This is especially prevalent in "Go Gold," a light acoustic number with a chorus reminiscent of the GBV classic "Don't Stop Now"; both songs revel in a strong melody of subtle triumph, one that could, for live purposes, be sung with a fist in the air. "Again the Waterloo" is a rocky, bumpy track that finds Pollard juxtaposing MacCaughan's electronic sounds with a little electronic tweaking of his voice. It's not beautiful, or even very effective, but there's a playfulness in the experimentation that's endearing. And, anyway, the album more than makes up for any less-inspired moments with songs like "Never Forget Where You Get Them," another fist-in-the-air raver, or "It Is Divine," which counters a sweet, high vocal with ABBA-esque '70s twin-guitar action. MacCaughan's music on the disc falls somewhere to the left of Superchunk's crunching rock and Portastatic's loose pop it's simple but planned out, executed professionally, and Pollard treats it with respect and caution.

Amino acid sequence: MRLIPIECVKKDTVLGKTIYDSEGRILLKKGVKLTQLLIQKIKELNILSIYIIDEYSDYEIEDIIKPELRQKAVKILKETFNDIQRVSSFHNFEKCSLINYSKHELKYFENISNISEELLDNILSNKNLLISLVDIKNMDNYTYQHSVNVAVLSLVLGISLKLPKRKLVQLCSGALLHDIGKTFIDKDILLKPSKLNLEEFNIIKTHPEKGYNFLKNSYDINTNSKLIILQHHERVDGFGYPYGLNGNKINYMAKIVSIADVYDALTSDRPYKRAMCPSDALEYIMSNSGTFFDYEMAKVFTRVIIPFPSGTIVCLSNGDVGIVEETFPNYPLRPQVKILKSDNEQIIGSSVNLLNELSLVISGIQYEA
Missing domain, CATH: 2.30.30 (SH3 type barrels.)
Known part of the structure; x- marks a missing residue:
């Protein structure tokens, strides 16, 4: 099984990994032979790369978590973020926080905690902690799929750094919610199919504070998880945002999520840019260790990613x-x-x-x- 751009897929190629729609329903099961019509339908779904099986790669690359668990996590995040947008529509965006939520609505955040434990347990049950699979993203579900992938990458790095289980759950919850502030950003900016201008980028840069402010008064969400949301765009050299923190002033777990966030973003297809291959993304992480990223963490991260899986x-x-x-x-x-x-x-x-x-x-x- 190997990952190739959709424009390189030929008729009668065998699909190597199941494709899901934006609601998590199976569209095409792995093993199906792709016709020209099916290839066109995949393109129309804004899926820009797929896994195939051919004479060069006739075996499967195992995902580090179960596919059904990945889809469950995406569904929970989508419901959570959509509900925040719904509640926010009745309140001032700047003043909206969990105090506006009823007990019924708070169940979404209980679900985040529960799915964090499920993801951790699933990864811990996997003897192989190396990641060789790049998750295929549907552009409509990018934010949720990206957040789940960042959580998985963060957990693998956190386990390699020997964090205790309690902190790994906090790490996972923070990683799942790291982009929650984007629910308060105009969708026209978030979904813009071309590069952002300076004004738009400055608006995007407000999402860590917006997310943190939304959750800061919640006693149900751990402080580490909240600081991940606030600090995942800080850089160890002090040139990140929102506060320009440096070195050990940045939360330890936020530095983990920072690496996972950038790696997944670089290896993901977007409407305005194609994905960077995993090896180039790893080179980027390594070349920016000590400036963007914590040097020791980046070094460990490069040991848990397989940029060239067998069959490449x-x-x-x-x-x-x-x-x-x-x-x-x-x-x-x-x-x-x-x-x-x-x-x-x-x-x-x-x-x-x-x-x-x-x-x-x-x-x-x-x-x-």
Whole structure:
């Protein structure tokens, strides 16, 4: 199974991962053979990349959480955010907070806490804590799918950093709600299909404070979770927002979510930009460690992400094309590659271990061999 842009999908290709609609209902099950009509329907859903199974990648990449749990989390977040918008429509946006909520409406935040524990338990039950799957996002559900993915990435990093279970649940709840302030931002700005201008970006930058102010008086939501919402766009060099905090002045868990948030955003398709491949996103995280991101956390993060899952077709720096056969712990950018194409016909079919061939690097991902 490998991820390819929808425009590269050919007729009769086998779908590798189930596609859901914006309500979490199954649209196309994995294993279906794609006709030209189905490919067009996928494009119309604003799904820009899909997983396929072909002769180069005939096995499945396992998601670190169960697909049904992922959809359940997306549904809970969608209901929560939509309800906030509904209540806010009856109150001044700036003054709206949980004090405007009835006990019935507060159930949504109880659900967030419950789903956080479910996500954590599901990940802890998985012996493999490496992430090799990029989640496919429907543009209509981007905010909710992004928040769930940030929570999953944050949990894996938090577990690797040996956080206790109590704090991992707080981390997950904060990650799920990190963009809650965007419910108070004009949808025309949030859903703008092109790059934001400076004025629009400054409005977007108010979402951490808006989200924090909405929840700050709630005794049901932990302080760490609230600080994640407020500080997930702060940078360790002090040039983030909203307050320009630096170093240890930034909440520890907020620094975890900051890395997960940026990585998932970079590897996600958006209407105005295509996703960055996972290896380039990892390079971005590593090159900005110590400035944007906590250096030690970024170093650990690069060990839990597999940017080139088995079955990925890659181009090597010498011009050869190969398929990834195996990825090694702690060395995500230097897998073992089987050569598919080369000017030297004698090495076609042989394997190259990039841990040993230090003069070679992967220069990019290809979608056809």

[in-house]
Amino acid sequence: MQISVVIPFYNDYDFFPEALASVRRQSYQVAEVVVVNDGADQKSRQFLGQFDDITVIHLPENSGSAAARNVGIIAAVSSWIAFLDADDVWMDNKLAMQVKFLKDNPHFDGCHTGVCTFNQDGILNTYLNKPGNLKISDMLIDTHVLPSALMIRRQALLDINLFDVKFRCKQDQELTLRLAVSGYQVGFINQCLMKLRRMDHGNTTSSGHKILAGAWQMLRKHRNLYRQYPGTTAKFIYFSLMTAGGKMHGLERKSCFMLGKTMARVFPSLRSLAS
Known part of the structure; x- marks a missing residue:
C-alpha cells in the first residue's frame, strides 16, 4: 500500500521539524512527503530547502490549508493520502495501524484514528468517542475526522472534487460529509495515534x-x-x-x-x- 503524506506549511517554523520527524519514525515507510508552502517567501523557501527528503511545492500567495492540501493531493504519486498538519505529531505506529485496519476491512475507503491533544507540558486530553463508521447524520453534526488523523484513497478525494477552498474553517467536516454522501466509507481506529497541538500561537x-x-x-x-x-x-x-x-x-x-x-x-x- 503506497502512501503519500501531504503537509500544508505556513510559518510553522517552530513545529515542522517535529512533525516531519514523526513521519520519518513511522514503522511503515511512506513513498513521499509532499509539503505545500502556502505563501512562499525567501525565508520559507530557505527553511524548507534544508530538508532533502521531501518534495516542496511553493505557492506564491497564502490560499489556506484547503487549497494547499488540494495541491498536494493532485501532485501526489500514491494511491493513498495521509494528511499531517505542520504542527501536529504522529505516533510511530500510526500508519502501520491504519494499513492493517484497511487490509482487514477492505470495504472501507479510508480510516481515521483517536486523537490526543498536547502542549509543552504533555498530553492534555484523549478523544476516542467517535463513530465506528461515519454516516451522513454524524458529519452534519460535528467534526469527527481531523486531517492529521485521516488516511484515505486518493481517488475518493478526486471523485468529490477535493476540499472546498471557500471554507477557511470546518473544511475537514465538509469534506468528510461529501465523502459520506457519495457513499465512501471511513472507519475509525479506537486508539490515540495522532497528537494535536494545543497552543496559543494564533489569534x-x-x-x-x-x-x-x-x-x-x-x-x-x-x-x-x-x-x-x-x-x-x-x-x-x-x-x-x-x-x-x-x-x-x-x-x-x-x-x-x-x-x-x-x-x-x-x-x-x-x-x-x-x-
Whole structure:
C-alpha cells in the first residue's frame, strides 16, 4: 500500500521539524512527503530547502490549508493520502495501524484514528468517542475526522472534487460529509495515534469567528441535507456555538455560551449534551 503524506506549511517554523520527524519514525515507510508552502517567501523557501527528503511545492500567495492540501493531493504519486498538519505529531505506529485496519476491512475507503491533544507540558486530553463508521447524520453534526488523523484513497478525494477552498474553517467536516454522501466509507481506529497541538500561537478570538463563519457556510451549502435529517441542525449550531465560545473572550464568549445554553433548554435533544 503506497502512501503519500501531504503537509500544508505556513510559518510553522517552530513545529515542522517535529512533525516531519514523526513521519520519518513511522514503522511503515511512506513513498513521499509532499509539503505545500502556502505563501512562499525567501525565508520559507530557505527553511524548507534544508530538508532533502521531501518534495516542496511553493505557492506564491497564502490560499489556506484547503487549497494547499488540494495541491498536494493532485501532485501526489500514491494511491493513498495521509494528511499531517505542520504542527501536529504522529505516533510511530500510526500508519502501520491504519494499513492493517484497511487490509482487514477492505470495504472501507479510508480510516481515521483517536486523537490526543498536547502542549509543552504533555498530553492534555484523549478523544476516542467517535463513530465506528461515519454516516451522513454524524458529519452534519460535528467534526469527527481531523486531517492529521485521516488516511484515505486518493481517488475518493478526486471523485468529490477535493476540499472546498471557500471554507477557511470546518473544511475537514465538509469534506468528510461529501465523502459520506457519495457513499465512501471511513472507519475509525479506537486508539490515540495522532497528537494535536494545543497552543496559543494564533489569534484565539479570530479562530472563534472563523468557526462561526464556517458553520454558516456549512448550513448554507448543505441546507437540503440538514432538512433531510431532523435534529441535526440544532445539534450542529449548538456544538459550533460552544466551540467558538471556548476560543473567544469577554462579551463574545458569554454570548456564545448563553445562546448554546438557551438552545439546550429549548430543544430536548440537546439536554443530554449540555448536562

He seems less respectful of the tapes sent to him by Sprout. Take "Life Starts Here," which supplies Pollard with a nice drum-and-drone backdrop for a rather beautiful repeating chant: "And life starts, and life starts, and life starts here." Beautiful, that is, until Pollard lays some mad-street-prophet ranting and deliriously off-key lines over it. Throw in what sounds like tortured echoes in the background and you've got something really obnoxious. Granted, tonality has never been a focus in Pollard's numerous side projects, but at least he usually sounds like he cares.